PARTIES; DEFINITIONS; WHO IS AN EMPLOYER? – Joint, Single or Dual Employers
Single Topic for Decision 1332E
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201.04000 – Joint, Single or Dual Employers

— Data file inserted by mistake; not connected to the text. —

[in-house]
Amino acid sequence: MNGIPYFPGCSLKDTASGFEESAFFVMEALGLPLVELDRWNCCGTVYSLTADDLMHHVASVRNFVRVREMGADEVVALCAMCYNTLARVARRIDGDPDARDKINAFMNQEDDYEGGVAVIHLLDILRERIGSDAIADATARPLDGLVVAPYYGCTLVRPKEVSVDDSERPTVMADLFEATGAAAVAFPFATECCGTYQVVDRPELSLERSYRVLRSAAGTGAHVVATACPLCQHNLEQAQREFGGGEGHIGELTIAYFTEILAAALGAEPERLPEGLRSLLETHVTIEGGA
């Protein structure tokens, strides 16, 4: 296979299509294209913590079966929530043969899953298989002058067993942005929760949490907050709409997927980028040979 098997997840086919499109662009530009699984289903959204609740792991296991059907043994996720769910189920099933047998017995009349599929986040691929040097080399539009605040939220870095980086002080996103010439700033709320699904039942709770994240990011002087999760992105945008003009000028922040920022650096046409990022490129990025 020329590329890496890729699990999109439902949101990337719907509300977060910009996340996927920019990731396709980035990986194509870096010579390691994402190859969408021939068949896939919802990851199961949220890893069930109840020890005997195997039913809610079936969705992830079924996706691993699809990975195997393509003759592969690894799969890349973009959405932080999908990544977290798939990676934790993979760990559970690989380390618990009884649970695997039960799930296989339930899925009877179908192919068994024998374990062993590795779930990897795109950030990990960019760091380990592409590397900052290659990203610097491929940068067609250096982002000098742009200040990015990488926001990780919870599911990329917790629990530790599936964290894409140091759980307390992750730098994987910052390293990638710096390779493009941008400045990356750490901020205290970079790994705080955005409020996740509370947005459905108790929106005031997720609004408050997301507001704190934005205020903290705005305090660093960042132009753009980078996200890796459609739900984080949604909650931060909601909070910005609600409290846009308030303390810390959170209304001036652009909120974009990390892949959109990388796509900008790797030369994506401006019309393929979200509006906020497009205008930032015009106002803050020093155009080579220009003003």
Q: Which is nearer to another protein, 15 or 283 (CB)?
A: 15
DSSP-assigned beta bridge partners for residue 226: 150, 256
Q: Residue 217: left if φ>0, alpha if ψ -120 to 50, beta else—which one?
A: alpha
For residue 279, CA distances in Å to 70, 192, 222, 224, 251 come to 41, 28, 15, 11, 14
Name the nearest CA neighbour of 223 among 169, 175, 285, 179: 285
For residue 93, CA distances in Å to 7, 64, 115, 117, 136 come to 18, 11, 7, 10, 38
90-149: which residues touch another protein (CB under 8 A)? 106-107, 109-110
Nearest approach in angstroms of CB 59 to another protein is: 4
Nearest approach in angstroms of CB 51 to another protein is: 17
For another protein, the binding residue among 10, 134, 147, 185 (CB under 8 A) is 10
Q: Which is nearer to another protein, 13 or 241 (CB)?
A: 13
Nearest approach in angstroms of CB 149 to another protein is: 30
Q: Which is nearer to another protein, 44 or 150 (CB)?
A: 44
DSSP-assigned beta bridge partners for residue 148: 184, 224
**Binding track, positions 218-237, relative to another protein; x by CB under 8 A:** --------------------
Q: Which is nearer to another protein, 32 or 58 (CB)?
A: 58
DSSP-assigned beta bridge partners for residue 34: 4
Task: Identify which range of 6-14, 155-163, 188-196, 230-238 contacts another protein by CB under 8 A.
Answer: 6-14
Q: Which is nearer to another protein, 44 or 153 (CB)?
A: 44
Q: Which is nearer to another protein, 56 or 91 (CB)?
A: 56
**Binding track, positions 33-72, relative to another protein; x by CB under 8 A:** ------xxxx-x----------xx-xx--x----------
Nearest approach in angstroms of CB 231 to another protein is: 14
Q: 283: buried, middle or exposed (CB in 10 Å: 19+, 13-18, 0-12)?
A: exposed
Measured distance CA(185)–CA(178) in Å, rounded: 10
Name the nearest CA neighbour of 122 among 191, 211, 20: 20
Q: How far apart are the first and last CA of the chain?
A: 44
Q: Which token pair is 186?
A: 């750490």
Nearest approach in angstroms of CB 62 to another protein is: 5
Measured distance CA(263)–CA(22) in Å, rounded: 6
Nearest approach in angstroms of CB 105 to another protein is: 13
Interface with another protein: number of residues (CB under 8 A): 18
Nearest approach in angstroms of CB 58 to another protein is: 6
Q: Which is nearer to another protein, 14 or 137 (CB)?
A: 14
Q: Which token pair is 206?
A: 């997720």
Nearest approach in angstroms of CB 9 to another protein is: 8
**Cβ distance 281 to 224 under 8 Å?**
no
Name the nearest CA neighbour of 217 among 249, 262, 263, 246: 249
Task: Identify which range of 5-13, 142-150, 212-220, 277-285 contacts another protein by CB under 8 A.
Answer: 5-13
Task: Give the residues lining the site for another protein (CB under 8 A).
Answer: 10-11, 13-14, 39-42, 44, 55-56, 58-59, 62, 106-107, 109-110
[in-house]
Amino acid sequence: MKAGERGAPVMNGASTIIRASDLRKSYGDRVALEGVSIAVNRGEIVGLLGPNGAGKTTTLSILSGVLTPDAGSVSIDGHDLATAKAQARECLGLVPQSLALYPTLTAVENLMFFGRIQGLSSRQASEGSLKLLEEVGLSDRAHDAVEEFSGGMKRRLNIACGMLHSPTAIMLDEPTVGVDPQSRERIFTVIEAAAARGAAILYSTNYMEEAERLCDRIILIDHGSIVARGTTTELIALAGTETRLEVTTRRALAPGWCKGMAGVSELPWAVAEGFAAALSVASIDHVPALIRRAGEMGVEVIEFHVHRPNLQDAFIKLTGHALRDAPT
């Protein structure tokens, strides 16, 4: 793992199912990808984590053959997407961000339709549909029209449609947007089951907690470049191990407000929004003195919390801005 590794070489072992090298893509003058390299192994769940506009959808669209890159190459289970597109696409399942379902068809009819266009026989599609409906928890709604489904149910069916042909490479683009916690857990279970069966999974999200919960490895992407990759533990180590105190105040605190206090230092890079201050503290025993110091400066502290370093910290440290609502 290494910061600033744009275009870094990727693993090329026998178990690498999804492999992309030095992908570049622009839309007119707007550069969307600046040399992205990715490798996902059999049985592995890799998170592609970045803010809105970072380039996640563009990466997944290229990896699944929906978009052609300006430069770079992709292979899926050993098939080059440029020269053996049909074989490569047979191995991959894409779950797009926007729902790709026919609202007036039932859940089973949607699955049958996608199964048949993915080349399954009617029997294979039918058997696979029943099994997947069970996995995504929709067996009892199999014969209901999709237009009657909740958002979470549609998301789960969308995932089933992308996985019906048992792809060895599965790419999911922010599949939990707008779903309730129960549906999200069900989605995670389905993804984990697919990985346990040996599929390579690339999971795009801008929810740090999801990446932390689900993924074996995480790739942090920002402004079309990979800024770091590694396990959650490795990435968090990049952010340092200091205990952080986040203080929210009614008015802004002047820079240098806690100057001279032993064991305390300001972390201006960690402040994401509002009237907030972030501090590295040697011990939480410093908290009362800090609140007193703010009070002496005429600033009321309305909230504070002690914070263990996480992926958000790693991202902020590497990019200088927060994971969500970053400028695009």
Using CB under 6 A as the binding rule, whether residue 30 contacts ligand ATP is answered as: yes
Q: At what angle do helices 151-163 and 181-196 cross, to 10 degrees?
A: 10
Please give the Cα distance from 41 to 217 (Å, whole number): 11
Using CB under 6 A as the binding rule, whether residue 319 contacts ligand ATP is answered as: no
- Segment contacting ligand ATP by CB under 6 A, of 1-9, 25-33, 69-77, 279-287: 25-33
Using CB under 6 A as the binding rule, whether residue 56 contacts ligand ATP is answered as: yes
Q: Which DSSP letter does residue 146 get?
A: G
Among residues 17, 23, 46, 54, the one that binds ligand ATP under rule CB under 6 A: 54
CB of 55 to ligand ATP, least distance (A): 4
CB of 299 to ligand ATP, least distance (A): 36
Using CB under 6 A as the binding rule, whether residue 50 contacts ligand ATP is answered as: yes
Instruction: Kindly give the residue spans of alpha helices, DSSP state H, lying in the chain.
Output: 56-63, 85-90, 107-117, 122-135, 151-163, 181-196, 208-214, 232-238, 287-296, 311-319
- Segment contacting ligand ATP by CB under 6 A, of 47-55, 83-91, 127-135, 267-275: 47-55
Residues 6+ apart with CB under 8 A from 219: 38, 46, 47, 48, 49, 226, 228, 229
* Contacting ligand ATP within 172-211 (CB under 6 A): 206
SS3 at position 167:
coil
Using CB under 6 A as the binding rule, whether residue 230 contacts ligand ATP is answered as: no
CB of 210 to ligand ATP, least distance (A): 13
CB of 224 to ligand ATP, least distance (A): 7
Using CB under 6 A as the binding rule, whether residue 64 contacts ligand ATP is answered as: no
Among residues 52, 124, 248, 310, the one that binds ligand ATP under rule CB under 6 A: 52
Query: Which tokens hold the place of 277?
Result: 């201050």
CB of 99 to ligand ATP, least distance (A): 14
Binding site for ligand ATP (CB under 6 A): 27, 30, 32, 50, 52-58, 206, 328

Both the Board and federal courts have observed that the distinct concepts of "single employer" and "joint employer" are often used incorrectly as interchangeable terms. Federal doctrines of what constitutes a single employer and a joint employer may not be applicable under the language of EERA and the Education Code. EERA sec. 3540.1(k) does not preclude the possibility of 2 entities acting as a joint or single employer. Here the District and County Superintendent were two separate public school employers and did not constitute a single employer for purposes of representation under EERA. The District and County Superintendent were separate legal entities with separate governing boards or authority who chose to share some personnel, but shared personnel received separate checks from each entity. The two governing authorities had separate and exclusive policy-making authority, and the funding sources and budgets of the two entities were separate, distinct and not commingled. They thus independently and autonomously controlled their own labor and employee relations policies. Since the employees of the District and County Superintendent were found to be employees of two separate public school employers, and not a single or joint employer, it was not possible to find that they comprise a single appropriate bargaining unit, and inclusion of the employees of both employers in a single unit was not appropriate under the Educational Employment Relations Act.